YouTube turns five today. It is the third most visited website in the world, behind Google and Facebook. Its users will soon be uploading 1m videos every day. It is revolutionising advertising, broadcasting, music and the media; it is also changing us.
YouTube has changed Gordon Brown. It made him smile. Gruesomely. YouTube has changed the way we talk to each other. Confronted by absurdity in real life, we no longer wonder if Beadle’s about, but fear it is a “YouTube moment”. It has changed the way we complain; Dave Carroll, a Canadian musician, may have helped wipe $180m (£117m) from United Airlines’s value after uploading a song of complaint, United Breaks Guitars, when his beloved six-string was smashed on a flight. Mostly, though, YouTube has changed the way we waste our time, filling our Friday afternoons with skateboarding ducks and breakdancing babies.
YouTube took a while to flicker into life. New users had to be bribed with an iPod Nano competition to register. Its first mention in the British press was not until November 2005. That month, shortly before YouTube was boosted for the first time by venture-capitalist cash, the site showed 2m videos a day. Two months later, it broadcast 25m. Today it is well over 1bn.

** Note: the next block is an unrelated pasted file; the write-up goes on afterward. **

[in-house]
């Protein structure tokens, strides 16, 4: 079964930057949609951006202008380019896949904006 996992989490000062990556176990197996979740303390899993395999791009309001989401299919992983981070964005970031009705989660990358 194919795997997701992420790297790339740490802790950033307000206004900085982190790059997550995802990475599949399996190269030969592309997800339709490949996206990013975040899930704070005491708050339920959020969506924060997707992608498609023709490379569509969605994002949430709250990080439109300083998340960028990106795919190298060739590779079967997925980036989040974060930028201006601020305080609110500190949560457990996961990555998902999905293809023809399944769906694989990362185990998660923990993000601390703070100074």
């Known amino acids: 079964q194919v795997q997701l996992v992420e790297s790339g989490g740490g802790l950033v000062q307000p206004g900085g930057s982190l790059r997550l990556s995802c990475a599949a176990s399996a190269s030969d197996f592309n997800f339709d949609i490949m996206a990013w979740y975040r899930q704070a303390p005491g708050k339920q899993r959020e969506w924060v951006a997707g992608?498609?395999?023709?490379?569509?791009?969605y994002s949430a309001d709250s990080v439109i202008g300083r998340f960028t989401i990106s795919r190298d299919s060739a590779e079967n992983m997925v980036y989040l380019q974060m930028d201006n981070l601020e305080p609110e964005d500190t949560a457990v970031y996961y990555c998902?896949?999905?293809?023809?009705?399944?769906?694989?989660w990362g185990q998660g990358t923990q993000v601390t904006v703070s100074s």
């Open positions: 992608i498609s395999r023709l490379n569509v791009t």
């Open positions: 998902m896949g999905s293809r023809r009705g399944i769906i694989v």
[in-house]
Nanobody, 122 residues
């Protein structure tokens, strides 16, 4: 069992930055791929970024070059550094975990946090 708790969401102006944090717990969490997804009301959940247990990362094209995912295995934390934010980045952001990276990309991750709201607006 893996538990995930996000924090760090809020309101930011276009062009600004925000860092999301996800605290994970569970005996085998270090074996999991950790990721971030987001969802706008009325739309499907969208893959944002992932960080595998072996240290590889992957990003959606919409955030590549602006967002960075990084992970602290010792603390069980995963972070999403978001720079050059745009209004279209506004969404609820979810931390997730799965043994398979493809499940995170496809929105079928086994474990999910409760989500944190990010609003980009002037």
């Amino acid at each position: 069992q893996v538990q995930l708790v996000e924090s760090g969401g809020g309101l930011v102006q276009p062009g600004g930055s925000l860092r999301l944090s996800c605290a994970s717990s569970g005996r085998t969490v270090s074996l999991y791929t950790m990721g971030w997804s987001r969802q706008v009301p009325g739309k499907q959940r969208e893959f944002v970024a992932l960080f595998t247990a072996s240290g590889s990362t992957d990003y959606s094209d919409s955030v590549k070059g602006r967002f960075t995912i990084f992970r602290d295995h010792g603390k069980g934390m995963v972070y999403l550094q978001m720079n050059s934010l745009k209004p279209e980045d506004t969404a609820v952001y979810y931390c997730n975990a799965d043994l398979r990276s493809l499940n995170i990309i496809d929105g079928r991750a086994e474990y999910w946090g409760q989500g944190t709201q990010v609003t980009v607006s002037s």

When Google bought YouTube in a deal worth US$1.65bn in October 2006, it was not simply purchasing a hot website. It was acquiring a community. Like other social media that define the era of Web 2.0, YouTube is participatory. Users don’t just watch silly videos, they join in: imitating, parodying, mocking and paying tribute with their own clips. The loss of physical communities has been well documented during recent decades. Through YouTube, many users have replaced that with a virtual one.
YouTube’s expansion has not been without growing pains. Inside, the site’s community spirit has been shaken by debates over authenticity after the exposure of the likes of LonelyGirl15, the home-schooled American teen who turned out to be a New Zealand actor. Outside, it has been challenged legally by companies including Viacom and the English Premier League over copyright infringements and, more widely, by critics who see it as grotesquely trivial and narcissistic. As Lev Grossman said in Time: “Some of the comments on YouTube make you weep for the future of humanity, just for the spelling alone, never mind the obscenity and the naked hatred.”
Is YouTube simply propagating a shallow and infantile culture of fraud, practical jokes and laughing at each other’s pain? “That’s absolutely true and absolutely false,” says Michael Wesch, assistant professor of cultural anthropology at Kansas State University and author of the seminal Web 2.0 tract The Machine is Us/ing Us. “Any observer could stand at the front door of YouTube and conclude that there is a lot of superficial stuff here, but I guarantee there will be a lot of stuff that can surprise you. There’s a whole club online that debates philosophy just by talking with webcams. There’s tremendous depth. Because it’s networked, it’s not a pile of videos sitting in the corner unorganised.”